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EIDC Chief Vows to Remain

November 20, 2002|Ted Rohrlich and Steve Berry | Times Staff Writers

The head of Los Angeles' film permitting agency has rebuffed calls from some board members that he step aside during an ongoing criminal probe into possible misuse of agency funds.

Cody Cluff, president of the Entertainment Industry Development Corp., told the board in a letter that he has done nothing wrong and that leaving now would be "destabilizing, unfounded and rash."

Cluff, the subject of a probe by the district attorney's office, said he intends to remain in his post throughout a management review and audit ordered by the EIDC's executive committee.

At the same time, Cluff signaled that he does not plan to spend the rest of his career at the agency, which he has led since its inception seven years ago.

"I am an entrepreneur at heart and I hope to have many successful ventures in my future," Cluff wrote in the letter, dated Friday. "However, I would be negligent in abandoning EIDC at this time."

The district attorney's office is probing whether Cluff misused funds through lavish expenditures and political donations to elected officials, including some on the EIDC's board of directors.

An issue at the heart of the probe is the district attorney's view that the EIDC, which collects fees from film companies to help them obtain government permits, is in fact a public agency. Cluff, in his letter, calls this a "fundamental misconception," arguing that the agency is, as its incorporation papers state, a private nonprofit entity.

Last week, three elected officials on the EIDC's board and executive committee called for Cluff to take a leave of absence during the probe. They were County Supervisor Zev Yaroslavsky, Los Angeles Mayor James K. Hahn and City Councilwoman Wendy Greuel.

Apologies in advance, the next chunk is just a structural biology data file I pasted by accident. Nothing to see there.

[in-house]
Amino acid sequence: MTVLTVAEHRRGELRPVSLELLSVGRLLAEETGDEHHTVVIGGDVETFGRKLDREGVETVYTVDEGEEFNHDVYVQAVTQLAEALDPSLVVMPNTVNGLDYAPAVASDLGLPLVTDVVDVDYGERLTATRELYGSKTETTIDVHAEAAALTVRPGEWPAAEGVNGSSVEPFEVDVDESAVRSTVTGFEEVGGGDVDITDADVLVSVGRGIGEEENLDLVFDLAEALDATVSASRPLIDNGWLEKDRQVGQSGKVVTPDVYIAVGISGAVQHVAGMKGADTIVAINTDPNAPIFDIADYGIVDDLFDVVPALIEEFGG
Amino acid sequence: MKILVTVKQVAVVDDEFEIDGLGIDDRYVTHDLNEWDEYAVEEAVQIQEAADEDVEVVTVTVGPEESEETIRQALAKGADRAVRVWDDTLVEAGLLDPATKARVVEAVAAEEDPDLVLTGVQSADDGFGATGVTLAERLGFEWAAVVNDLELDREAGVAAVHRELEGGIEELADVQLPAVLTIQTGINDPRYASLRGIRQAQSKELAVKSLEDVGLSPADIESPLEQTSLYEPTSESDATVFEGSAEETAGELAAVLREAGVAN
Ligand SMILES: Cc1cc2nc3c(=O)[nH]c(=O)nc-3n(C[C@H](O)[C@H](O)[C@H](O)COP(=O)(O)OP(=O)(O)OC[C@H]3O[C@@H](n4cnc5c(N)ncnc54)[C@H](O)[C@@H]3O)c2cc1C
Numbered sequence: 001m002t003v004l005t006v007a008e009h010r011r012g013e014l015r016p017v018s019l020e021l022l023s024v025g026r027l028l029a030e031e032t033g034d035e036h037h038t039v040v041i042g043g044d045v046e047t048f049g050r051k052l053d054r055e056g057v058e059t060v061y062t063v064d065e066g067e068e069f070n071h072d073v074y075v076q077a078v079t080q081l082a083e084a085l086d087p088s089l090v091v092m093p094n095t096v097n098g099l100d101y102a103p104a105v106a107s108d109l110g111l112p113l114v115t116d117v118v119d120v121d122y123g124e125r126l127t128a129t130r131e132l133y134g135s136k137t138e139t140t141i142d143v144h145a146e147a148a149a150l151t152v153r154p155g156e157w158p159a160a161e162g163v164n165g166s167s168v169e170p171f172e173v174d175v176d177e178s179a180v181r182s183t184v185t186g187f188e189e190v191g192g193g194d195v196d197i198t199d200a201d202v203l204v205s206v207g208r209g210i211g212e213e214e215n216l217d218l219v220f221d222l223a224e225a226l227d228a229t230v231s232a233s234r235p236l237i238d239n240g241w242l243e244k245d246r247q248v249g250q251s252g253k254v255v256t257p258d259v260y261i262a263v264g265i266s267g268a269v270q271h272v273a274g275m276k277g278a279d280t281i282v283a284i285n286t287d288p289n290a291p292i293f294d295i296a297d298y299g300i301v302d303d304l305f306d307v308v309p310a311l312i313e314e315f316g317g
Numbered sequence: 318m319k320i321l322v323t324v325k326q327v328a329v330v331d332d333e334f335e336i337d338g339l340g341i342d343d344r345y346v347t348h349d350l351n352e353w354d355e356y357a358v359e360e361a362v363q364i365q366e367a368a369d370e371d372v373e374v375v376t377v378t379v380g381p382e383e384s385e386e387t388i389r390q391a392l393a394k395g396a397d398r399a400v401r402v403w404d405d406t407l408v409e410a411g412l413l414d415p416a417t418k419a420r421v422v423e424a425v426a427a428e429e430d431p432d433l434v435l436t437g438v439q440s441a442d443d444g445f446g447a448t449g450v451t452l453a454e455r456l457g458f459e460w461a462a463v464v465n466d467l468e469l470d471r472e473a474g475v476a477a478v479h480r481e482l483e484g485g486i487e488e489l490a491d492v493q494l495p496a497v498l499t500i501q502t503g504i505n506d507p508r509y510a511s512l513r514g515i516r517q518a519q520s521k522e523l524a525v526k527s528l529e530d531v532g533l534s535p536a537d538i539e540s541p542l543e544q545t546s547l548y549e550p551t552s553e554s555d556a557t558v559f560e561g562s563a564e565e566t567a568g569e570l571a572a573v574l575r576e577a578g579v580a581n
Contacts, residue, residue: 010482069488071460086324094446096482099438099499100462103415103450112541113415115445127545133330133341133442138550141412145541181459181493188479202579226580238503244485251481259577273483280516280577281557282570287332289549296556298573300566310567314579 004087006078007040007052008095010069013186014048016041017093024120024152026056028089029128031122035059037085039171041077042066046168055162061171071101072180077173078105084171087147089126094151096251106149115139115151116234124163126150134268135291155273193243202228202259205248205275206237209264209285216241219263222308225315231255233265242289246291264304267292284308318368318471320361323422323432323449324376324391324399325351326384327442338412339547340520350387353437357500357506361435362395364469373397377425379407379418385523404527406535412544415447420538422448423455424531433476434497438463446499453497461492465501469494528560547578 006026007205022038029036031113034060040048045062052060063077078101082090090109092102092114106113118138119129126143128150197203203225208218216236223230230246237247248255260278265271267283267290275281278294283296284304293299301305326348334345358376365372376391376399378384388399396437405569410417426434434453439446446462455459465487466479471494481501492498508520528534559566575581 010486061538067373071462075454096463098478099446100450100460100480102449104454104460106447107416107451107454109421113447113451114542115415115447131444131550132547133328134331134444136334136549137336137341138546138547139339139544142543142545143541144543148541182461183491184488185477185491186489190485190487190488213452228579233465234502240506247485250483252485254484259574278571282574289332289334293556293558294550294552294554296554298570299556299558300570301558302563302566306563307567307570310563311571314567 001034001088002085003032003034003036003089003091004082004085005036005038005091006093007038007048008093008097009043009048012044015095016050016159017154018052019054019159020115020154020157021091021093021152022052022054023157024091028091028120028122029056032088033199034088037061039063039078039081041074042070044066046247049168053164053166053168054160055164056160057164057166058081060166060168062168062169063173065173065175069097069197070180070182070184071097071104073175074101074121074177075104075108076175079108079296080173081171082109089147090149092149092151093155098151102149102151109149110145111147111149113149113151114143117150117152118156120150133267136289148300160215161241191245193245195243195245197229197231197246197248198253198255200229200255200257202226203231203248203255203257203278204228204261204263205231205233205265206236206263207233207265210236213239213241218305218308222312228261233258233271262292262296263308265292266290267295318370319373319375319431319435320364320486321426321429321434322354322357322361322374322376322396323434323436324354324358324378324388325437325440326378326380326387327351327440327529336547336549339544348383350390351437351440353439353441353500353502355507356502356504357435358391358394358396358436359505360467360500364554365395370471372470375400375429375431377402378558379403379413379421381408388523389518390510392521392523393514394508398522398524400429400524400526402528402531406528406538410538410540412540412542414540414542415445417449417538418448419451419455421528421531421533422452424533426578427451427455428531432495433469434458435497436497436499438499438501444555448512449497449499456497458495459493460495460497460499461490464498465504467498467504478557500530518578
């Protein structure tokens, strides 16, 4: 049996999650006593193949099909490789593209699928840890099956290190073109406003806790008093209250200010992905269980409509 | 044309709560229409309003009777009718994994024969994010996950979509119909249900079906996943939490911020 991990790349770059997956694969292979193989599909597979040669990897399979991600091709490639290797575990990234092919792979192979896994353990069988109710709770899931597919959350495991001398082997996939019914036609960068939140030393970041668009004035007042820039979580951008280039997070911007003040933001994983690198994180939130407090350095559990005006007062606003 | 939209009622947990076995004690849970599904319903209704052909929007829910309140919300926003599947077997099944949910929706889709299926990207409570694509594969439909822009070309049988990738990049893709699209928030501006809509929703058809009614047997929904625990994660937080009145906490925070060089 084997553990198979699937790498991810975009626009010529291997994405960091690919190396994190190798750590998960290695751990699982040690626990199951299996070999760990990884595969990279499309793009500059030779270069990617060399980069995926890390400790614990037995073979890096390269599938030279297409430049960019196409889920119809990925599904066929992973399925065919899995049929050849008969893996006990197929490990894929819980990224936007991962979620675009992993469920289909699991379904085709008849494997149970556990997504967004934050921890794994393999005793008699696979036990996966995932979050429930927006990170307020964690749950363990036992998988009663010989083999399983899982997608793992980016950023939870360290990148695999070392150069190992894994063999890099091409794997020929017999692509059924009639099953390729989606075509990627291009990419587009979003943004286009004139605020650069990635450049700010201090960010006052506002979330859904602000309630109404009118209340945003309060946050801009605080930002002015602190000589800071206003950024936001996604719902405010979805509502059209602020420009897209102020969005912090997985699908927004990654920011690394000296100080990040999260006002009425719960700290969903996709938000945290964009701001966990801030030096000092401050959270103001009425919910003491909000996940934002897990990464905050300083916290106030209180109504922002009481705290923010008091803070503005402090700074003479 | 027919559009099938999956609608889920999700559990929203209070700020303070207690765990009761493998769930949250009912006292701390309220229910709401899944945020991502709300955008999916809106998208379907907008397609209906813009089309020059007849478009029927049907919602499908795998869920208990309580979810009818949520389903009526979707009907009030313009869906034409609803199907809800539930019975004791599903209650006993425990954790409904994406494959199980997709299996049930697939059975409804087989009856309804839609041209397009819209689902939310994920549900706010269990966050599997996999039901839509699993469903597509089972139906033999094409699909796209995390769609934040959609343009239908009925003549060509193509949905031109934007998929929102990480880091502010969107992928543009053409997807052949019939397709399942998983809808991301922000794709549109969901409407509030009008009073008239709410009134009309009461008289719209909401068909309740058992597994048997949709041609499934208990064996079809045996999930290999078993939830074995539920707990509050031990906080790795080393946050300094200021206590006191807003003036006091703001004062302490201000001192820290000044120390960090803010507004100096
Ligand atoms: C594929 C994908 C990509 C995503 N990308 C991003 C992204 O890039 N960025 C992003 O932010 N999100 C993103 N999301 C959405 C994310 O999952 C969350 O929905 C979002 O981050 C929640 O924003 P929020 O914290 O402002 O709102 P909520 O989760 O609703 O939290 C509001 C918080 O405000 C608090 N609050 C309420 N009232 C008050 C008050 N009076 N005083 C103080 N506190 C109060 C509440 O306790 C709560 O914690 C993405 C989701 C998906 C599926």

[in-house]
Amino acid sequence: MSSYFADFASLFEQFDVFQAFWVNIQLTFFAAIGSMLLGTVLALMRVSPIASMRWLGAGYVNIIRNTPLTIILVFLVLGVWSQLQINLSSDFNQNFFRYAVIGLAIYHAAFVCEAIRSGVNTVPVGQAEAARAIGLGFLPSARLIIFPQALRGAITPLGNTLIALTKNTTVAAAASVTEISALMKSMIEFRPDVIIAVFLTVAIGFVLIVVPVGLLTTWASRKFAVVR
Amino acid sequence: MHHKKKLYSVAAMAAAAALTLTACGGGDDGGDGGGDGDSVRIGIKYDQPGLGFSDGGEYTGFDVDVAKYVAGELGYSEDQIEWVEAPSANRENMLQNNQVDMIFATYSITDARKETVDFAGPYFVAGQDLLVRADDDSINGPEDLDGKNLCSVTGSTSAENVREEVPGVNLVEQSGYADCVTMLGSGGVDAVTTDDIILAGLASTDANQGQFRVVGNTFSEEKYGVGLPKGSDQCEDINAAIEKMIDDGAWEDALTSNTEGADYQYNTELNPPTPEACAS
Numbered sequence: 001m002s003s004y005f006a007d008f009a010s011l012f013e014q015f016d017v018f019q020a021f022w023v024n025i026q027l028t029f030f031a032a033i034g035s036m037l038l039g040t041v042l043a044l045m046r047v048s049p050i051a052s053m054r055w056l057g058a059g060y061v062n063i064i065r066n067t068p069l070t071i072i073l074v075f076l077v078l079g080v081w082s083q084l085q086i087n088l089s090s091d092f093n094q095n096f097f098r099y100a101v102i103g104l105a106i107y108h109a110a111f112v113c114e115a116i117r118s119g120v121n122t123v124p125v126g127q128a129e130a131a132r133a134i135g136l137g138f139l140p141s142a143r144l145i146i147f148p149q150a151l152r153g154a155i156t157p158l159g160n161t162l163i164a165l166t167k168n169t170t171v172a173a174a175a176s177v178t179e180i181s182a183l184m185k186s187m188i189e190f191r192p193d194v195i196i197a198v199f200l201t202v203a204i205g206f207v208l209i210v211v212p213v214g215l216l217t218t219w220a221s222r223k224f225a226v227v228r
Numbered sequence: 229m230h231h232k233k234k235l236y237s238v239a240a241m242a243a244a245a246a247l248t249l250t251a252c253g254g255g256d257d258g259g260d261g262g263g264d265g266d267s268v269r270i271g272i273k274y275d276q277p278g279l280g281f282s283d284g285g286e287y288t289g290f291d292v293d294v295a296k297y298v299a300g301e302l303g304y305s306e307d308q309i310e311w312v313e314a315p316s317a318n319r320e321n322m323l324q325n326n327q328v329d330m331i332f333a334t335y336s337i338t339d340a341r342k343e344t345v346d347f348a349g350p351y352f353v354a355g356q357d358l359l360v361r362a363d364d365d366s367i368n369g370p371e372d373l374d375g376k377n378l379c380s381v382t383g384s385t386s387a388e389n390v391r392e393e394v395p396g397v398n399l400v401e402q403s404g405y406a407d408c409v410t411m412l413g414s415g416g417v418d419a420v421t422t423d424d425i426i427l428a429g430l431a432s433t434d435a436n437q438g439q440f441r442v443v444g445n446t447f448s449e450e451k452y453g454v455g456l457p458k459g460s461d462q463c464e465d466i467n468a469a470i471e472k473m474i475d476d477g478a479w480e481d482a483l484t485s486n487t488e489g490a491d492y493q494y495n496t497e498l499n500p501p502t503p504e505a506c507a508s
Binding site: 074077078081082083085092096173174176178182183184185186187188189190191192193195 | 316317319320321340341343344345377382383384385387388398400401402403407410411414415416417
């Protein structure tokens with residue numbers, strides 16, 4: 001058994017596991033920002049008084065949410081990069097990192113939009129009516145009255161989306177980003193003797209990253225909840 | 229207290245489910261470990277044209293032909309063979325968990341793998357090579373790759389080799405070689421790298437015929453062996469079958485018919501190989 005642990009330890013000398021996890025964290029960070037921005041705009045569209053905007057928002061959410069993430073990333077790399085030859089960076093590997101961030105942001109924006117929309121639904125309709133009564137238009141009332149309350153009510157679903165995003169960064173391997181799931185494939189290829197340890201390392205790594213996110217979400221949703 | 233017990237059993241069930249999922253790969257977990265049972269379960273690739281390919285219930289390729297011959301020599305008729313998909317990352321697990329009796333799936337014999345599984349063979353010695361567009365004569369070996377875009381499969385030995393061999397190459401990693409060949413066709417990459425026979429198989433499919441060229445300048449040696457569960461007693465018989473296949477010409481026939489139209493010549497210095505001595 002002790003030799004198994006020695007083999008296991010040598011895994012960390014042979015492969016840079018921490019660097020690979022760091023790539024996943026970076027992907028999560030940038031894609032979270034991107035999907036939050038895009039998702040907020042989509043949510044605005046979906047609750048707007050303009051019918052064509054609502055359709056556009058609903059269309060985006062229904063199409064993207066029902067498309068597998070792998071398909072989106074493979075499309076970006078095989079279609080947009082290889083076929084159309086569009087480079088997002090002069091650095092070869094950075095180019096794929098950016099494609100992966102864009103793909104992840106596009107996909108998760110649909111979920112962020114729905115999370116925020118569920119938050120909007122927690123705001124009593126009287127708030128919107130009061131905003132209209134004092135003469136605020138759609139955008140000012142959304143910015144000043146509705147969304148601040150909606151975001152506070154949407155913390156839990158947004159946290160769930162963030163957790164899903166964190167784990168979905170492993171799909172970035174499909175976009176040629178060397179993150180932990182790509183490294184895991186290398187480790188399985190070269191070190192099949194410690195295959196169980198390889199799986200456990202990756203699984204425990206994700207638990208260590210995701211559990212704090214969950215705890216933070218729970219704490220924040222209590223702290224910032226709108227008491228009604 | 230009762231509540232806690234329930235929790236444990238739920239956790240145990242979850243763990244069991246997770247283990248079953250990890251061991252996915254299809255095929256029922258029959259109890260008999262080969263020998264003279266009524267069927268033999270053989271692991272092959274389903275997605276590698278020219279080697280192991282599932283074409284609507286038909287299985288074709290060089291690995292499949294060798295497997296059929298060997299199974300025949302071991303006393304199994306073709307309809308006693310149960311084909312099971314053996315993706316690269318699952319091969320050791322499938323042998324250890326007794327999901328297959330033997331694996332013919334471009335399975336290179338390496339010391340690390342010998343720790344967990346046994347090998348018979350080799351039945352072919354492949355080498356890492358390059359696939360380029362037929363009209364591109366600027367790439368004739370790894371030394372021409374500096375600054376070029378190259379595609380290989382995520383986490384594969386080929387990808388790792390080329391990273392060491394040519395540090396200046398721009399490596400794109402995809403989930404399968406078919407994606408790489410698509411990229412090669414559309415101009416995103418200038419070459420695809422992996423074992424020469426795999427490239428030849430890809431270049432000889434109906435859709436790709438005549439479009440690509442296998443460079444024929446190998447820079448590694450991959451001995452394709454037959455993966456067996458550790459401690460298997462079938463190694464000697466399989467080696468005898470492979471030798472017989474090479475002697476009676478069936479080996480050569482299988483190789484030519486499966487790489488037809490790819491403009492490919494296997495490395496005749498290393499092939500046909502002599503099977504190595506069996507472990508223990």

Neither Yaroslavsky nor Greuel has received EIDC campaign contributions, although individual agency staff members gave $5,400 to Greuel's campaign. Hahn received $1,000 during his mayoral campaign. The mayor, in addition to all council members and county supervisors, automatically serves as a member of the EIDC board.

Other board members, including Supervisor Mike Antonovich, have defended Cluff, warning against a rush to judgment when no criminal charges have been filed. Antonovich has received a $1,000 campaign contribution from the EIDC and $1,350 from agency staff.

Cluff said in his letter that agency bylaws prevent the executive committee, scheduled to meet Friday, from discharging him. He cited provisions that he said require the full EIDC board of directors to meet twice before the president can be dismissed.

The full board has generally met only once a year. The next annual meeting is being set for January, Cluff said.

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